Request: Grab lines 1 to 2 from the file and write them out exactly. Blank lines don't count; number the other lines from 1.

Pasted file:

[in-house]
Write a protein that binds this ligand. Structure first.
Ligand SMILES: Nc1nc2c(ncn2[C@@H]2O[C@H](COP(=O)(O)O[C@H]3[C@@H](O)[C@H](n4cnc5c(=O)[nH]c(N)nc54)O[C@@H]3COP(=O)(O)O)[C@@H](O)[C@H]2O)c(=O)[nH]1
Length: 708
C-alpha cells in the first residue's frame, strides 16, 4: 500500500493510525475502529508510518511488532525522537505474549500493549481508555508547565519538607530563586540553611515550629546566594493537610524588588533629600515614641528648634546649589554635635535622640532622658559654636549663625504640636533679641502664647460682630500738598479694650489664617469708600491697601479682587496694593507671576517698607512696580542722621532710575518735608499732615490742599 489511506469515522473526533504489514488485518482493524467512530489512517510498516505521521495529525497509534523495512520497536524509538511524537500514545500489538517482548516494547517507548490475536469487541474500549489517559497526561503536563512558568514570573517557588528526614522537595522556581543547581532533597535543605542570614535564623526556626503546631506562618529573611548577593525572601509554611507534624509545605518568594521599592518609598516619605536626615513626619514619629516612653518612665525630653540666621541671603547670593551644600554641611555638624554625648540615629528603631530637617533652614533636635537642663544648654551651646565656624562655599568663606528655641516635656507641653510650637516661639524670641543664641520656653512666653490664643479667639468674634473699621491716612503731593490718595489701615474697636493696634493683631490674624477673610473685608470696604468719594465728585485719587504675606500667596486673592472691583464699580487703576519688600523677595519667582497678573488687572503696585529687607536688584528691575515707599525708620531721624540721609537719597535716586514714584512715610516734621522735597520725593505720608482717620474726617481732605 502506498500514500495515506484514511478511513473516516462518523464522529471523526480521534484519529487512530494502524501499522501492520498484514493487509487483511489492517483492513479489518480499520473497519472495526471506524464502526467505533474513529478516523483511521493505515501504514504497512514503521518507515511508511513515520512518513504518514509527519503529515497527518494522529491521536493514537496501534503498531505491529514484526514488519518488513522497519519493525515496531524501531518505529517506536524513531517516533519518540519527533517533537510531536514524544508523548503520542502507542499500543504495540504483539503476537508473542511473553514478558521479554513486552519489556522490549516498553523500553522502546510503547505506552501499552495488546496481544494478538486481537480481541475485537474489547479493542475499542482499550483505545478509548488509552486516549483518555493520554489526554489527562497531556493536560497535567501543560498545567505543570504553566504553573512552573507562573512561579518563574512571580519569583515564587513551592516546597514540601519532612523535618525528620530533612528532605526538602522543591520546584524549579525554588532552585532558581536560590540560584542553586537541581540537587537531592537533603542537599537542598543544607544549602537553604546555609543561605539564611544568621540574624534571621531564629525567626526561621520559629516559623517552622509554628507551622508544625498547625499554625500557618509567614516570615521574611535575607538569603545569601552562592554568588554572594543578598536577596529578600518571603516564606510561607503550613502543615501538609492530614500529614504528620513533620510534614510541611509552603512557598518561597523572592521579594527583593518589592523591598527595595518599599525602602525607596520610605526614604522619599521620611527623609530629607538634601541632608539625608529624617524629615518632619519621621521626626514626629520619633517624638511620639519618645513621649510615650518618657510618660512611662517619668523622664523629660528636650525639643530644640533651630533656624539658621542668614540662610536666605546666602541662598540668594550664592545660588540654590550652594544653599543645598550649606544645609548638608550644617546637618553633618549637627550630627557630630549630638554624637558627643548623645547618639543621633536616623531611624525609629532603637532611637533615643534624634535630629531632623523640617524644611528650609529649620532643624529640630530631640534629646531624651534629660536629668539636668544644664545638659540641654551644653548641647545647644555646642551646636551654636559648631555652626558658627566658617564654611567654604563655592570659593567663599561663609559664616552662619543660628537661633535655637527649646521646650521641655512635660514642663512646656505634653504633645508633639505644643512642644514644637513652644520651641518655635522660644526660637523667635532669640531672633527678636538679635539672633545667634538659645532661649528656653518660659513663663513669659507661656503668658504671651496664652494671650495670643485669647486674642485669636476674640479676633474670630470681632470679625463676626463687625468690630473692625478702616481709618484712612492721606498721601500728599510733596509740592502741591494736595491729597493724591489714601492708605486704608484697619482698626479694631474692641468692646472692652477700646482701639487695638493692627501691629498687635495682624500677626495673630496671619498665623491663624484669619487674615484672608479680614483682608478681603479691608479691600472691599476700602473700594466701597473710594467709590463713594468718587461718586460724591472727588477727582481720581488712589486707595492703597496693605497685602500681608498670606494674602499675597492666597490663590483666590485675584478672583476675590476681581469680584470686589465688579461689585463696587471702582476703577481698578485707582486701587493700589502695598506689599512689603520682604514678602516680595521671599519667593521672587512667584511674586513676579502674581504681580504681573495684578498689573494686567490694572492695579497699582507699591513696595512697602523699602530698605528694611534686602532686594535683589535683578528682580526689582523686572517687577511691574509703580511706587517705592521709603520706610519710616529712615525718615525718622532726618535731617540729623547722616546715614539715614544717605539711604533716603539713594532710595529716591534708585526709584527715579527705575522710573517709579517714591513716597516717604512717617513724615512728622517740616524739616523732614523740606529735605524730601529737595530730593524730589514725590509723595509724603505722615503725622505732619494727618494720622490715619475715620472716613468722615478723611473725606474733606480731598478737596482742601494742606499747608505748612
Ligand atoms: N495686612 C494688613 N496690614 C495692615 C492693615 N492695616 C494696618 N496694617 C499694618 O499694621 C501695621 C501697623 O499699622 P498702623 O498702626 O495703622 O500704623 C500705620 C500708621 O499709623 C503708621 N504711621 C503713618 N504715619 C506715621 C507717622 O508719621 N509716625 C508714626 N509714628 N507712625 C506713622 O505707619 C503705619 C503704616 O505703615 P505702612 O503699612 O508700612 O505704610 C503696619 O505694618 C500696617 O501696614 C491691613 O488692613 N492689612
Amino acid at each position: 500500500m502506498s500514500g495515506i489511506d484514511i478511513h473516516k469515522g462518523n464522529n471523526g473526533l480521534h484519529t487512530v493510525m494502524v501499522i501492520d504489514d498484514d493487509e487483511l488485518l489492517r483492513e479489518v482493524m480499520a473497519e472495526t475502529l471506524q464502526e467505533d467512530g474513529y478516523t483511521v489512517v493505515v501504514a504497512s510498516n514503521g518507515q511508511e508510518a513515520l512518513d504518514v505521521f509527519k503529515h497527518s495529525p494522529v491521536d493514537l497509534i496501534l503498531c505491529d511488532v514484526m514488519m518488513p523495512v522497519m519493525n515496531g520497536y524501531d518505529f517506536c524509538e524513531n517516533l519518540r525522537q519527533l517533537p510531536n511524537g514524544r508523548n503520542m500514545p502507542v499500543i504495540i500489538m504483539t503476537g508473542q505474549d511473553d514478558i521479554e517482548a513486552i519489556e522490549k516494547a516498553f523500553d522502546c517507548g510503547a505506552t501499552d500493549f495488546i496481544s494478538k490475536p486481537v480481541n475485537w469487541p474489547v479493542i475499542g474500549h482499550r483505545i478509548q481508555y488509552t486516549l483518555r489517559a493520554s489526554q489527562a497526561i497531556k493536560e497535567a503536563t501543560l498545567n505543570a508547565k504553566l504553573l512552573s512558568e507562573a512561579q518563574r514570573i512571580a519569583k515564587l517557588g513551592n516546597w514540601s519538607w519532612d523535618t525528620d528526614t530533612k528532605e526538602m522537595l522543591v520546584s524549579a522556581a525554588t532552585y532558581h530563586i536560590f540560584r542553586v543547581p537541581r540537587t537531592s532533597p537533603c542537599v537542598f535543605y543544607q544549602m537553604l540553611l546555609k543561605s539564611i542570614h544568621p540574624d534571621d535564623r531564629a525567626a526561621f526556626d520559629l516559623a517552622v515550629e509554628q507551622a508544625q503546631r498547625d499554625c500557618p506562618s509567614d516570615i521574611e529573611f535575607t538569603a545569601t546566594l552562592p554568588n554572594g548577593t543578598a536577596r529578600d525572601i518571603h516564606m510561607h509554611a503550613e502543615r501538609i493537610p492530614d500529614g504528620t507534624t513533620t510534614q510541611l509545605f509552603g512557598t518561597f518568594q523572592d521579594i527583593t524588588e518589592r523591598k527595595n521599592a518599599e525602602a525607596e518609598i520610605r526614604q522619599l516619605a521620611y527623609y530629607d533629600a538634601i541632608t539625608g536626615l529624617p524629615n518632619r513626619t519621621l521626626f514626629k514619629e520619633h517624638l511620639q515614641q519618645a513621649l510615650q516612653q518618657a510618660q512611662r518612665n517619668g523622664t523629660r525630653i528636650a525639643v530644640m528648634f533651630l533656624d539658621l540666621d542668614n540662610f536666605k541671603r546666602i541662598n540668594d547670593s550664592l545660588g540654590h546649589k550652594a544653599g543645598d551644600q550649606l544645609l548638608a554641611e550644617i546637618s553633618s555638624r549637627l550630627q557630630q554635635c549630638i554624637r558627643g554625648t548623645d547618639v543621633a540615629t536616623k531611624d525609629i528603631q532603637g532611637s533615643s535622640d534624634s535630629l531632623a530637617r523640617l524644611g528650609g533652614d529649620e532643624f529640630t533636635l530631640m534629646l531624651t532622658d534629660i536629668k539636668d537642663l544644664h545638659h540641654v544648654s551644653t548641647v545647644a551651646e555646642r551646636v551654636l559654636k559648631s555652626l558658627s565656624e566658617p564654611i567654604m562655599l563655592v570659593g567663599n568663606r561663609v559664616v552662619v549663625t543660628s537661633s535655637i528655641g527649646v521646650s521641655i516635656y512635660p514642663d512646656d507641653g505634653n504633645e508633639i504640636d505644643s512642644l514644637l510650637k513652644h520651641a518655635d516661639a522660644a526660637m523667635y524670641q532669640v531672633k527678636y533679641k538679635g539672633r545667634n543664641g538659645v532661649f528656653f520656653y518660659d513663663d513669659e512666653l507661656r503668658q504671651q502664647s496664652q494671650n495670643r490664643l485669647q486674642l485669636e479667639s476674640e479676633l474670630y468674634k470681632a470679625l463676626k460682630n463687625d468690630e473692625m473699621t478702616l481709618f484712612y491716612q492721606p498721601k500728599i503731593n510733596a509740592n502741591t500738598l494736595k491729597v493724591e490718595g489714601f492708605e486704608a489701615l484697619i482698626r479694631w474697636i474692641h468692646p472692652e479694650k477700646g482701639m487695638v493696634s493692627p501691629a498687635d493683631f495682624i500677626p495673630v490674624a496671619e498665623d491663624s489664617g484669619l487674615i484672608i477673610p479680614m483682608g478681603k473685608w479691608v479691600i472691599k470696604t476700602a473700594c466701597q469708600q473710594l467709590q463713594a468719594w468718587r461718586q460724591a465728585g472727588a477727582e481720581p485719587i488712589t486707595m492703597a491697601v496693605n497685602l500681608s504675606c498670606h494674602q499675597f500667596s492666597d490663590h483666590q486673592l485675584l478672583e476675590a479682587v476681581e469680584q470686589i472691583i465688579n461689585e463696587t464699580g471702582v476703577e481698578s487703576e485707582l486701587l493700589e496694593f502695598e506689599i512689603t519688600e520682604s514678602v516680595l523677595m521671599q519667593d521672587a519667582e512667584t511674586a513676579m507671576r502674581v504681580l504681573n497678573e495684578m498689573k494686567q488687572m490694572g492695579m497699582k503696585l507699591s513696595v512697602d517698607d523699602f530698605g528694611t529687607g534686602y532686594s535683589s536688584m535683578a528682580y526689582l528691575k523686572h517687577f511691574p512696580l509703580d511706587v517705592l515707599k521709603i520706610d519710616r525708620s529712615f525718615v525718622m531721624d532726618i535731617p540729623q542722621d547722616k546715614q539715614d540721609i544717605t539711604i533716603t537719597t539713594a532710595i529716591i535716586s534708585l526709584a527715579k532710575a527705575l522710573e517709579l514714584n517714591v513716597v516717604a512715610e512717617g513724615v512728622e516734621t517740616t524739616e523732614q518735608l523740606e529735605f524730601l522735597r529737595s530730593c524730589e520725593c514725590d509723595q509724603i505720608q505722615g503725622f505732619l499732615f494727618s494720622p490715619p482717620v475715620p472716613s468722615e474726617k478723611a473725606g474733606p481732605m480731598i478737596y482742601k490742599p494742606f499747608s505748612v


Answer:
[in-house]
Write a protein that binds this ligand. Structure first.